- Statement of the Purpose
The purpose of this study is to examine the issue of coping with adolescent stress through the research and study of a specific technique and its effectiveness. That specific stress-coping technique is known as the ‘Mindfulness Meditation Intervention in Reducing Stress/Psychological Distress” in adolescents and teens.
- Research Questions
- What is the reported effect of mindfulness meditation on reducing stress in teen-age college students?
- What is the overall effectiveness of the use of mindfulness meditation intervention in teen-age college students?
- Philosophical Assumptions on which the Research is Based
Studies previously conducted have proposed mindfulness mediation as an innovative approach for reducing stress and in the treatment of certain psychiatric disorders. Mindfulness is reported to be a “type of meditative technique that emphasizes an observant and nonreactive stance toward one’s thoughts, emotions and body states.” (Zylowska, 2008, p.738) In addition, mindfulness mediation further involves learning experientially through silent meditation or activities such as walking slow and purposefully focusing attention in daily activities. (Zylowska, 2008, paraphrased) The primary activity in this intervention is stated to be “a cognitive and intention-based process characterized by self-regulation of attention to the present moment with an open and accepting orientation toward one’s experiences.” (Zylowska, 2008, p.738)
Verbal instructions are utilized in assisting the individual to implement the technique in their lives however, the largest part of the training in this intervention is “experiential, consisting of intentional shifts of attention and perception. Incorporation of this technique with other methods, particularly cognitive-behavioral therapy has led to the development of a number of mindfulness-based treatments for stress, depression relapse, borderline personality disorder, anxiety disorders and substance abuse.” (Zylowska, 2008, p.738)
The Effectiveness of Mindfulness Meditation Intervention in Reducing Stress/Psychological Distress in Adolescents & Teens
Review of the Literature
The literature reviewed in this research proposal is of the nature that examines the effectiveness of mindfulness mediation intervention focused on the reduction of stress or psychological distress in adolescents and teens. First reviewed will be studies containing empirical research findings and secondly examined will be literature relating to the theoretical basis of mindfulness mediation intervention which will serve to drive the research in this particular study.
Mindfulness-Based Meditation Intervention Studies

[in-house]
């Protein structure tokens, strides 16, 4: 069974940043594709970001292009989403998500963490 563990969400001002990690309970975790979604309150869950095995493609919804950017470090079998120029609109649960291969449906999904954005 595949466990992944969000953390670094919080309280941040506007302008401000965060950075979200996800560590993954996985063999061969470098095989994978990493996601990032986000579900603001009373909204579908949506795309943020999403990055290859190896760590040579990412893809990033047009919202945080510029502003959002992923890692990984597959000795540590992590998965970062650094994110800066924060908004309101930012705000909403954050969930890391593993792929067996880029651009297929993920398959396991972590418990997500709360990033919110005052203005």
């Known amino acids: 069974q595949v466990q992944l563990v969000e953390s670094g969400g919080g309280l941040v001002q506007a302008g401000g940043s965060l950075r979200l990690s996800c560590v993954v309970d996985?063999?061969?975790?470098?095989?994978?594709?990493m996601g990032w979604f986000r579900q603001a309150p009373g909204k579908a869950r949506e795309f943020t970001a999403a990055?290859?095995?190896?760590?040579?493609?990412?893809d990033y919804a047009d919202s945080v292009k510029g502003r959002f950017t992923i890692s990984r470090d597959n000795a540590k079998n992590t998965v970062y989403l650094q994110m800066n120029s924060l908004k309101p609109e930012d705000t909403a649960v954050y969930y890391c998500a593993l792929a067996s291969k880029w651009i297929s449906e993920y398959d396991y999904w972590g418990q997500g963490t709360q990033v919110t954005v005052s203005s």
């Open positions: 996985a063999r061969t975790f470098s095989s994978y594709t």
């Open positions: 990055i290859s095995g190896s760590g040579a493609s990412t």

The work of McGonigal (2005) entitled “Your Brain on Mediation” states that meditation has a profound effect on the individual’s “experience of life” and that the sage Patanjali, “thousands of years ago…who compiled the Yoga Sutra, and the Buddha both promised that meditation could eliminate the suffering caused by an untamed mind.” (p.59) Each of these individuals are reported to have instructed their students on cultivating “focused attention, compassion and joy.” (McGonigal. 2005. p.59) It was the belief of both Patanjali and Buddha that the possibility exists to bring about a change in the mental powers as well as the emotional patterns of the individual through regular meditation. (McGonigal, 2005, paraphrased) Western science has focused on testing the statements of Patanjali and Buddha and today’s technology has served to enable the testing of the effect of meditation on the human brain. McGonigal reports that findings are critical and convincing and should motivate even those who resist meditation to pursue this course. In fact, it is indicated that even small amounts of meditation has the capacity to influence the individual’s life experience through somehow remolding some physical aspect of the human brain. (McGonigal, 2005, paraphrased) Eileen Luders, researcher at the University of California Los Angeles School of Medicine, Department of Neurology has been searching for evidence that the structure of the brain is in fact changed by meditation. Luder reports finding multiple differences between the brains of individuals who practice meditation and those who do not. Luders and colleagues reports a study in which the brains of 22 individuals who meditate and 22 non-meditating individuals and state findings that those who meditated between 5 and 46 years “had more gray matter in regions of the brain that are important for attention, emotion regulation, and mental flexibility.” (McGonigal, 2005, p.61) This finding is important since “increased gray matter typically makes an area of the brain more efficient or powerful at processing information.” (McGonigal, 2005. p.60) McGonigal reports that meditation can assist individuals with anxiety disorders and specifically mindfulness meditation, reported to be practiced by Philippe Goldin, director the Clinically Applied Affective Neuroscience project at Stanford University’s Department of Psychology. McGonigal (2005) states that mindfulness meditation involves becoming “aware of the present moment – by paying attention to sounds, your breath, sensations in your body, or thoughts and feelings – and to observe without judgment and without trying to change what you notice.” (McGonigal, 2005, p. 62) Participants in Goldin’s studies are stated to be individuals coping with “all sorts of disturbances of the mind – worries, self-doubt, stress and even panic.” (McGonigal, 2005, p. 61) The difference is that individuals with anxiety disorders feel that they are not able to get away from these thoughts and emotions, which eventually overpower these individuals and their lives. (McGonigal, 2005, p.61) The research reported by Goldin includes that mindfulness meditation provides individuals with anxiety disorders a method they can use in changing the response of their brain to thoughts that are negative. Goldin’s study involved individuals participating in a mindfulness-based course for reduction of stress for a period of eight weeks. The class met once per week and individuals practice by themselves for one hours each day in activities such as “mindfulness meditation, walking meditation, gentle yoga and relaxation with body awareness as well as discussions about mindfulness in everyday life.” (McGonigal, 2005, p. 62) The brains of the participants are scanned both prior to and following the study in an fMRI, which measure the activity of the brain rather than the brain’s structure while simultaneously completing “self-referential processing” or according to Goldin “thinking about themselves”. (McGonigal, 2005, p. 63) The fMRI is reported to track the areas of the brain that consume the most energy during meditation. Goldin’s study reports that brain scans reveal patterns that are surprising following the mindfulness intervention in that “participants have greater activity in a brain network associated with processing information when they reflect on negative self-statements.” (McGonigal, 2005, p. 63) The participants in Goldin’s study report an improvement in self-esteem following mindfulness intervention. According to Goldin, the findings in this study show that mindfulness meditation instructs the individual on how to cope with thoughts that are stress provoking and emotions in such a way as to avoid being overcome by these. (McGonigal, 2005, paraphrased) The process involves the individual becoming aware of their emotions and thoughts and without becoming bogged in those thoughts and emotions, processing them effectively. (McGonigal, 2005, paraphrased) McGonigal reports that research from other studies have shown that mindfulness meditation results in positive brain changes. (2005, paraphrased)